"Spain has been a spectator in this dispute for too long. Today, it has the opportunity to actively participate in its resolution by adopting this position," Albares said before the Foreign Affairs Committee of the Congress of Deputies (Lower House).
"After 46 years of status quo, the time has come to take action in order to contribute towards a mutually acceptable solution within the framework of the United Nations," the head of Spanish diplomacy added, stating that his country's position is in line with the U.N. Charter and the Security Council resolutions.
"I firmly believe that we must contribute to opening a political perspective to achieve a mutually acceptable solution to an issue that has been at a standstill for almost five decades. If we do not get involved and help the UN Secretary General's personal envoy, this issue will remain stalled for even longer," he argued.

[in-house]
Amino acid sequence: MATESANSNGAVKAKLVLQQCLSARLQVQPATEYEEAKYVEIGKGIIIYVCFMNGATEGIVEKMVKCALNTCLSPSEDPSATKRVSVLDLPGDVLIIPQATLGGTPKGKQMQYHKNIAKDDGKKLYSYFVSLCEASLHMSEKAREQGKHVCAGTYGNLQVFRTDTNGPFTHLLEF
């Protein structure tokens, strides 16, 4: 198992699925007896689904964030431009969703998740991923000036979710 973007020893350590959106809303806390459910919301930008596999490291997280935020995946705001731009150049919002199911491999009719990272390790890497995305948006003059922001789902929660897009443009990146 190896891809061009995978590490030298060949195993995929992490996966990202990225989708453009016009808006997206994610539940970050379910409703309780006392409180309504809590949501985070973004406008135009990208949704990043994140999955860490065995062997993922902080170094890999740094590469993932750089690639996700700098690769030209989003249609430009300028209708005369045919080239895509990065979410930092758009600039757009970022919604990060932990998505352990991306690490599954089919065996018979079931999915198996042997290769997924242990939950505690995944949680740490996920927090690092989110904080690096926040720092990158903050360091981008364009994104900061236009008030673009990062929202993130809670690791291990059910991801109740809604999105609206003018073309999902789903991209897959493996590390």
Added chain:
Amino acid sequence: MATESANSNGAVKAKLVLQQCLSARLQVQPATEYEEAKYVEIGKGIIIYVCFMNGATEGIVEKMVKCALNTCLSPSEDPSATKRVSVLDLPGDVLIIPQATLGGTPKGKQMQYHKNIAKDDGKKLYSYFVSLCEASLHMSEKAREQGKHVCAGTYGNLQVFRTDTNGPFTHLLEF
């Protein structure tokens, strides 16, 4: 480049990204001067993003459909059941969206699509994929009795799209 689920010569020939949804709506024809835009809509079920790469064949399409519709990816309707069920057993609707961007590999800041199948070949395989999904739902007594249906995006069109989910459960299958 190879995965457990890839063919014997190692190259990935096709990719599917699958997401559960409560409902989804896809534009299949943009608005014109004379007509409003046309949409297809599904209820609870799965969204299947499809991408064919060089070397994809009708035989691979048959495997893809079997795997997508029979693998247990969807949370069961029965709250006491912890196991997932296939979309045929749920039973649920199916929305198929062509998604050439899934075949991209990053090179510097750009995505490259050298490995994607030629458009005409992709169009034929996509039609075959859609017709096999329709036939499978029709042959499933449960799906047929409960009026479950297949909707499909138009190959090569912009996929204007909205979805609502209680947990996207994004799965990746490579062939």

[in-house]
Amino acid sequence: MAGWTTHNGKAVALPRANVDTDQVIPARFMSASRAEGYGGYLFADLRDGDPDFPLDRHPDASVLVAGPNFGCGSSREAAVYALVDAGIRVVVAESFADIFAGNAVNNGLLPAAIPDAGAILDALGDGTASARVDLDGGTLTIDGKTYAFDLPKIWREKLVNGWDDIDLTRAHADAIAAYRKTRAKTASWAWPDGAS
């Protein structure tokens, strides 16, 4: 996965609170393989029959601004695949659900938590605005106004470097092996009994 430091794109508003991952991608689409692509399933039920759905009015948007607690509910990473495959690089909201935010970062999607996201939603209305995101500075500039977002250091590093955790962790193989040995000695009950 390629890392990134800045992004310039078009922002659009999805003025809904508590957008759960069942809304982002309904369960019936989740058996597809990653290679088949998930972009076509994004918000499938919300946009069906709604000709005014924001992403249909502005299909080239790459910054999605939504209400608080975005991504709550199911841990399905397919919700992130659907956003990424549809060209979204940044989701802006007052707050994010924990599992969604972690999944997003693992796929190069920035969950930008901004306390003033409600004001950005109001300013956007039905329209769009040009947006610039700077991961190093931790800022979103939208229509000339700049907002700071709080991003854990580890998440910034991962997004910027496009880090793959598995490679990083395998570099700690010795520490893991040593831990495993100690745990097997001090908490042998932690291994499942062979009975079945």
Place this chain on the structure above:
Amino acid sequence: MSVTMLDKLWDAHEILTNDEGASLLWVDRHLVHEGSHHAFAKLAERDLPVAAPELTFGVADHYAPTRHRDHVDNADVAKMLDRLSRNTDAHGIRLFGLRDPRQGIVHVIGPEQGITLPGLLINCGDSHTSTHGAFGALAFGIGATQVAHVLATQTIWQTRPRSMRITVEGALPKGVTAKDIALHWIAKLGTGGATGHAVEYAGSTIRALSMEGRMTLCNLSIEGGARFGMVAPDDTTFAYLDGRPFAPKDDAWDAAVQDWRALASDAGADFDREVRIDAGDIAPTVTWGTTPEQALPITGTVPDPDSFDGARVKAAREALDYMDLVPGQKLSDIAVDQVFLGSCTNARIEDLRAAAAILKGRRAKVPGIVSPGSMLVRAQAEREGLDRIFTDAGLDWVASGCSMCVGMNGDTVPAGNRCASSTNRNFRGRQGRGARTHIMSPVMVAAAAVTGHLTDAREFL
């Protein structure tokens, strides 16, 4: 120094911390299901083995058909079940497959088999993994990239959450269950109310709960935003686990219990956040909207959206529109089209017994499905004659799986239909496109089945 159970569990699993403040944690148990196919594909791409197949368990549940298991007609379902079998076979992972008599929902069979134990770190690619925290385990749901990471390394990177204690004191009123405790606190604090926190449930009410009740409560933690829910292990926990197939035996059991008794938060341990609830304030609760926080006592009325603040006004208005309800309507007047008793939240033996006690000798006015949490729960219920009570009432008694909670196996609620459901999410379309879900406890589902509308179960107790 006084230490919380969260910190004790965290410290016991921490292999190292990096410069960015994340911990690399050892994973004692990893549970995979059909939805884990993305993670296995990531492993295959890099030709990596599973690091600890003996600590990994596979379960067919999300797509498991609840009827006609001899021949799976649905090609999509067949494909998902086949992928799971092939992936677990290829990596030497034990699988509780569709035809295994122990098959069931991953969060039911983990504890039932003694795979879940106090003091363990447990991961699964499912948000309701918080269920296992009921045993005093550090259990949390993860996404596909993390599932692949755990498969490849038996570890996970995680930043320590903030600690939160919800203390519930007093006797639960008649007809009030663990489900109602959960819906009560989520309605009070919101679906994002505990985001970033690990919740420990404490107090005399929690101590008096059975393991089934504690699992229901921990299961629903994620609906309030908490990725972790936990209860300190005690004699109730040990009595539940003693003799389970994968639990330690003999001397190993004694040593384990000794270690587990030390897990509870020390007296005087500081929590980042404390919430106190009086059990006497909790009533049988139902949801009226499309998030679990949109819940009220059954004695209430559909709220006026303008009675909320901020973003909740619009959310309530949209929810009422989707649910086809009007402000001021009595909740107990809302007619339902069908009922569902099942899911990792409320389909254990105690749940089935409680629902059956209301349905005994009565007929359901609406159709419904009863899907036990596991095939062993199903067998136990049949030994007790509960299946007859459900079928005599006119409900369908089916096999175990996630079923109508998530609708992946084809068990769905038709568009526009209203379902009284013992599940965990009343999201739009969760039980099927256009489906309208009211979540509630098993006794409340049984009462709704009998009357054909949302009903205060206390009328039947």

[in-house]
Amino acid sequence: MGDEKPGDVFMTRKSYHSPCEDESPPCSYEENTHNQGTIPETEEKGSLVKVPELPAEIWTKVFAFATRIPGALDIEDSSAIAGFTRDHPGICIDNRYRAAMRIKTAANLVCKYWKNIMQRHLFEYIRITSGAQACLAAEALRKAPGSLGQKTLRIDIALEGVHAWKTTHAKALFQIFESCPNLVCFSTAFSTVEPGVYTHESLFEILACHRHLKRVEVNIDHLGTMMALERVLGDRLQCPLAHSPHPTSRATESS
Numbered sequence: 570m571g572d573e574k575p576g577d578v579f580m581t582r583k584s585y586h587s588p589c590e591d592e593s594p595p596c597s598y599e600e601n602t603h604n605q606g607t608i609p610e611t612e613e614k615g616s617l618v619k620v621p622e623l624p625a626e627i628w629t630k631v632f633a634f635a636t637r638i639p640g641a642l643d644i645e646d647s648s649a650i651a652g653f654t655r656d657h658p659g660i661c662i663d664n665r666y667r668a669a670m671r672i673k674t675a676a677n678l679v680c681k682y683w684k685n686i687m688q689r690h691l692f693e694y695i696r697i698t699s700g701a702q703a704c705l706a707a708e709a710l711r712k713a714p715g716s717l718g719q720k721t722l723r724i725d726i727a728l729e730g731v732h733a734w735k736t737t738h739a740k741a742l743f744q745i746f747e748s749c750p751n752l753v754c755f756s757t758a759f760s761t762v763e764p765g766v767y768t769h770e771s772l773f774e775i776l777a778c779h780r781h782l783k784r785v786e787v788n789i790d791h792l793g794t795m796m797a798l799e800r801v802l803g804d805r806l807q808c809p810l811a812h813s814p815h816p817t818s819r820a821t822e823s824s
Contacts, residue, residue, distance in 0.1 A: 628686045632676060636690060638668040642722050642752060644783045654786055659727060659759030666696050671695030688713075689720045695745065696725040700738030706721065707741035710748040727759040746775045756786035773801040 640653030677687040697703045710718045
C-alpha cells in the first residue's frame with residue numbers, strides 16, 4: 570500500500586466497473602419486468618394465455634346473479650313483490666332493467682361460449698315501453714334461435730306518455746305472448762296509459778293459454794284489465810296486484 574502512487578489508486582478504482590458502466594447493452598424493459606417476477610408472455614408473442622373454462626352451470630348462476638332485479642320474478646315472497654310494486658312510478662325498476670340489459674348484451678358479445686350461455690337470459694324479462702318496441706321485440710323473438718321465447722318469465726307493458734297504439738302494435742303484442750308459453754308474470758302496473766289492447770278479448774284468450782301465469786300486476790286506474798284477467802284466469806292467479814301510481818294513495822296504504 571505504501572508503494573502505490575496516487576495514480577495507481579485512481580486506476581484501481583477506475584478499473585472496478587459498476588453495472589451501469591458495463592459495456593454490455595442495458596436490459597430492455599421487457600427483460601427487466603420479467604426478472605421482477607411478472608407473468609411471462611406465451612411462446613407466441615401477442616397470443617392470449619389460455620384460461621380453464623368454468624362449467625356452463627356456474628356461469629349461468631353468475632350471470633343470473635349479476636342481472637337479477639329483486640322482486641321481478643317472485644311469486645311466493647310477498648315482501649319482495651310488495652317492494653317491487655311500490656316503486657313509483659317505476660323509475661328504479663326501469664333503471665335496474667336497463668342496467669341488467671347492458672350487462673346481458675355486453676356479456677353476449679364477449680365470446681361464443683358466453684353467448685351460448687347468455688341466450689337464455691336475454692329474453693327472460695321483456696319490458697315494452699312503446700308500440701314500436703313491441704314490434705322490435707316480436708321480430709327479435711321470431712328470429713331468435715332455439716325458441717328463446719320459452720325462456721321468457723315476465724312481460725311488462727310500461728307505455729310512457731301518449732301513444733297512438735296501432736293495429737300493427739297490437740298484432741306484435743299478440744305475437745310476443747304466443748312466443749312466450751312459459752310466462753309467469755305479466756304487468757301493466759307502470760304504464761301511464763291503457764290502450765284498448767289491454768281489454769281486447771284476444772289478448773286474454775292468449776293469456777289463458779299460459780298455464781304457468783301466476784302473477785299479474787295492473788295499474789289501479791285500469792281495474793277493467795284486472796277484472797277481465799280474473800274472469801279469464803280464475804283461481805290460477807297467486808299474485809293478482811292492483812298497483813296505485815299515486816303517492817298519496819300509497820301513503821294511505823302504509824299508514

"Spain's position is very similar to that of Germany and France, which also have the same objective as Spain, that is to contribute to the resolution of this long-standing issue," Albares insisted.
Spain's position, which has been welcomed by the European Commission (EC), the European Union's High Representative for Foreign Policy and the UN spokesman because it is in line with the UN Charter, is an "excellent opportunity" to contribute to the resolution of this issue, he concluded.